Young cricketing star Hamish Case endured a roller-coaster summer on and off the field that will stay with him for the rest of his life.
It all started with Case making his SACA Premier Cricket First Grade debut alongside Australian star Travis Head and finished it by representing South Australia as a bottom age player in the National Championships last month.
The 16-year-old found himself facing the best Under 19 cricketers in the country and showed no fear.
Despite the on-field results not being outstanding for South Australia, Case said he was immersed by the entire experience.
“It was crazy,” he said.
“Some of the boys from the Australian Under 19 World Cup team were there, so it was good to see how they went about it, especially our captain Isaac Higgins.
“How they think about the game is completely different, so that was a big takeaway and it was just good to be at the highest level.
“I had never been worried to face a fast bowler in my life before, but up there they were bowling 135kph, so your fitness and concentration levels had to be at the top.”
After not getting a hit in South Australia’s convincing start to its campaign against New South Wales Under 17’s, Case was thrown into the cauldron in his first appearance at the crease.
Chasing a formidable target of 260, the Mount Gambier batter had his back against the wall walking in at 5/96.
Despite the team’s batters and hopes fading fast, Case proved his class by taking the game on and constructing an eye-catching innings against the grain.
He sparked some life into the run chase by striking three boundaries and two maximums.
The innings may have only lasted 34 minutes, but Case left a big impression, smashing the top score of 36 and departing as one of the few South Australians to trouble their opponents before falling 74 runs short of glory.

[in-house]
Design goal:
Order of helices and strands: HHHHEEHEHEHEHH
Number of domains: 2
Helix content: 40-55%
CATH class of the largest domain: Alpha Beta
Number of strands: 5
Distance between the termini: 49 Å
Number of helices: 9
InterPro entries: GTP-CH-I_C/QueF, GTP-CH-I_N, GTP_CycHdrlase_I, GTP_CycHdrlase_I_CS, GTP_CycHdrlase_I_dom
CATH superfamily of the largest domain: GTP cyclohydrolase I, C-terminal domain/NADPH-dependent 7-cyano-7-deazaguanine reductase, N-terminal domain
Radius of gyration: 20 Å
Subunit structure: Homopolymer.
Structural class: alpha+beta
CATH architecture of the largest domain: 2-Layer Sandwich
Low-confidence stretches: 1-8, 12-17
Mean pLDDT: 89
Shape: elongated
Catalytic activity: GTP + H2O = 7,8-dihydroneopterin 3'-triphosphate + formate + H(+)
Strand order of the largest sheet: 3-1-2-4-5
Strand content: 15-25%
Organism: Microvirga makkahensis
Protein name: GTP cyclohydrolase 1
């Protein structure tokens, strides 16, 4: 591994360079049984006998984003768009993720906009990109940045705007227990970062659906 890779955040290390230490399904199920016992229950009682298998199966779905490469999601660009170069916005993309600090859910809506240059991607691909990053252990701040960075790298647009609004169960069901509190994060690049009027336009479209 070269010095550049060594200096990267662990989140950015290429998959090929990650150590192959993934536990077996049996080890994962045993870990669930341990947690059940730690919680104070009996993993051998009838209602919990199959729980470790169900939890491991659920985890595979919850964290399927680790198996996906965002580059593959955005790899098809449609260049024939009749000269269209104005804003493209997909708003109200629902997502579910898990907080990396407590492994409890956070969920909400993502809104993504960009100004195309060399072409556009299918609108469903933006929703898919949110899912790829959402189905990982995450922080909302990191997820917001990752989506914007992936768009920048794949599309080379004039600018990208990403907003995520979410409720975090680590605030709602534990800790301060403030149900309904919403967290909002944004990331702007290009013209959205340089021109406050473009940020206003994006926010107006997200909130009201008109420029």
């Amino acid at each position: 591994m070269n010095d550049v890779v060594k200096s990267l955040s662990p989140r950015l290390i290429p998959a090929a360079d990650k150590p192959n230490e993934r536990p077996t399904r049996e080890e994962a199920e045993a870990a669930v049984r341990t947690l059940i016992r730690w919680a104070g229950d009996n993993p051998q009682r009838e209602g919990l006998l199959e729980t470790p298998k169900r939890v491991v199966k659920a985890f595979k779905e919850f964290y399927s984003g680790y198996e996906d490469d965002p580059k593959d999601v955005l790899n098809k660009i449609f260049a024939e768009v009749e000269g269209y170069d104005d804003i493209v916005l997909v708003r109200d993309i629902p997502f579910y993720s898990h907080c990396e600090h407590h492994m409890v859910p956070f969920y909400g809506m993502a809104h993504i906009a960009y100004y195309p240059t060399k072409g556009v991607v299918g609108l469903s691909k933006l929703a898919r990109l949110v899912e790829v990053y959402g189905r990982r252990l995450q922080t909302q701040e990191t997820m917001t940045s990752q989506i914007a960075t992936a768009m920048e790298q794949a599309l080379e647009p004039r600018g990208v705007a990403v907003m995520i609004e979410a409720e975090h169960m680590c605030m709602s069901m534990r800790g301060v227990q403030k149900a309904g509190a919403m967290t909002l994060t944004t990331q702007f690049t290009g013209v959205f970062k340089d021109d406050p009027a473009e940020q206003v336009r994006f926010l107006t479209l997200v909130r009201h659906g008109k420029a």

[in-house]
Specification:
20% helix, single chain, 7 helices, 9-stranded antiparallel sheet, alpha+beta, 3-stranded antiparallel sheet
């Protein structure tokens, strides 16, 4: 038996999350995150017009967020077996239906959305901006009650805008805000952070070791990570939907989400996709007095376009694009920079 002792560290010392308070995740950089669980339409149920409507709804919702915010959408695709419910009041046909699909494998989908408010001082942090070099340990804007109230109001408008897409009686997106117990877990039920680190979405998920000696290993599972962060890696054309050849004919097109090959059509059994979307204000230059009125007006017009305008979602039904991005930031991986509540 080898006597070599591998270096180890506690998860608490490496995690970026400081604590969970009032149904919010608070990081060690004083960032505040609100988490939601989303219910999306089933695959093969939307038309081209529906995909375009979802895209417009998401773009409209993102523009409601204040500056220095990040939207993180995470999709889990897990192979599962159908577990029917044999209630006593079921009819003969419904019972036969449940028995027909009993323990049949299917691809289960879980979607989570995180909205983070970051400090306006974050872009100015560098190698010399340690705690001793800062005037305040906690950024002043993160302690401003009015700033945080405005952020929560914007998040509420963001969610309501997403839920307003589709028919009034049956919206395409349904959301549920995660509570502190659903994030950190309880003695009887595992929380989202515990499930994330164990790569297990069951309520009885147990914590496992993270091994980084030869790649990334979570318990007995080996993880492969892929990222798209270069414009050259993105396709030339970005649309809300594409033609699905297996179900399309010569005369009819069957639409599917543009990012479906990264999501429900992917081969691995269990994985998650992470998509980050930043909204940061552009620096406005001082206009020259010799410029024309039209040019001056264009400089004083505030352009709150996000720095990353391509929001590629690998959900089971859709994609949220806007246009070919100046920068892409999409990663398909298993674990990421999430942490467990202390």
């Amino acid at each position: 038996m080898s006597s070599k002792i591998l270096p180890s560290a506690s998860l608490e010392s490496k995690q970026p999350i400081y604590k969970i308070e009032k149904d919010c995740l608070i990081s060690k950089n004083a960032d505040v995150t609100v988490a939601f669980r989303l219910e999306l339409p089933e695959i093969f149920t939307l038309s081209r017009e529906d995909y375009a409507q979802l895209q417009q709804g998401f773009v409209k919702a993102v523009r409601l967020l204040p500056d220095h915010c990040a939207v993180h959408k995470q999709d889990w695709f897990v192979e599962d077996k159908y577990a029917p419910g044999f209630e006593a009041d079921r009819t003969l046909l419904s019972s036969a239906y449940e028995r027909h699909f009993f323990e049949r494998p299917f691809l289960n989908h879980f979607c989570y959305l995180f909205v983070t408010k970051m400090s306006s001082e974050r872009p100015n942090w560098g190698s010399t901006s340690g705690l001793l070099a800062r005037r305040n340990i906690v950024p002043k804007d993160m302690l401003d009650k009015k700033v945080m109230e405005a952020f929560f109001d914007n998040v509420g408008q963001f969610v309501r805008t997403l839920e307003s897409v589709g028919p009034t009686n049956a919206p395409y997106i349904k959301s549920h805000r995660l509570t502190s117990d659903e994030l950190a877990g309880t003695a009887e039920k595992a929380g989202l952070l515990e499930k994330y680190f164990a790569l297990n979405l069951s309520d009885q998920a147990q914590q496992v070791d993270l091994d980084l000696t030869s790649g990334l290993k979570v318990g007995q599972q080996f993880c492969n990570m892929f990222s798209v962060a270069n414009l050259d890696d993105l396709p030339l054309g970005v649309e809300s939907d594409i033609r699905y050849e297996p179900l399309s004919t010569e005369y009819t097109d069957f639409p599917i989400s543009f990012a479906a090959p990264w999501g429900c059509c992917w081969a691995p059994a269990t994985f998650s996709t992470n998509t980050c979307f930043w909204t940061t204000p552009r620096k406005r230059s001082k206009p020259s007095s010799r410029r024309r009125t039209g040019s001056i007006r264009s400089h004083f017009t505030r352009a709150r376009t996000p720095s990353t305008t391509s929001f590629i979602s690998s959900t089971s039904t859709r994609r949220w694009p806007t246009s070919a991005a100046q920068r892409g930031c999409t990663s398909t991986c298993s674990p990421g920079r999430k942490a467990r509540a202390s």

Case said to play so well in his first innings of the tournament was a big confidence booster, but admitted it got off to a strange start.
“I am always nervous no matter what game it is, but there were some extra nerves,” he said.
“I had a hit before I went out to bat and started unstrapping my gear when I got back to the rooms and then two seconds later one of my mates ran in and said ‘you are in mate’.
“So it was a pretty funny start, but it was fun out there.
“Considering we were chasing a big target, I had a little bit of responsibility to get the score rolling.
“I was striking at around 140 at one stage, so I proved to myself I could do it at that level which gave me heaps of confidence.”
Despite only registering scores of 0 and 4 in his final two innings, Case departed the championships as an improved cricketer from the experience and it finished his “favourite” season.
The young right-hander shot himself into selection contention by piling on the runs for Tee Tree Gully.
In the space of three days Case slammed two centuries covered in emotion in the competitive Under 18 Shield competition, while he went even bigger against the big boys.
Batting at the important number three position against a Prospect 2nd Grade attack featuring another Mount Gambier youngster Connor Prior, Case went big with a peerless 147 off just 126 balls.
However, these remarkable highs were also surrounded by one of the toughest moments in Case’s life.
As Hamish’s cricketing career continued to gather momentum in Adelaide, he had to come to terms with the tragic passing of his father Heath, which was felt all around the Limestone Coast.
Incredibly in just the second game returning following his father’s passing, the youngster struck his first Under 18 Shield century and looked to the heavens upon reaching the milestone.
Even though Heath is no longer around, Hamish said he always feels the support whenever he is at the crease.
“I have a routine where when I walk out to bat, I take a squat down at the boundary rope then take a step back and look up to the sky,” he said.
“In that moment I say ‘I am playing for you today’.
“I know he will back me in every innings and I play for him no matter what.”
After a summer like no other, Case said he could not thank his support network enough as he entered a winter full of training and preparation.
“I have been really lucky because mum has always pushed me and backed me as my biggest help,” he said.
“I could also not thank Shannon Tubb enough for all of the work he has put into me.
“He has improved my game through my whole cricketing career ever since I have met him.
“My mate Harry Matthias also because he would take me to trainings at Adelaide Oval every second morning even though I did not want to get out of bed sometimes.
“So I thank them to the moon and back.”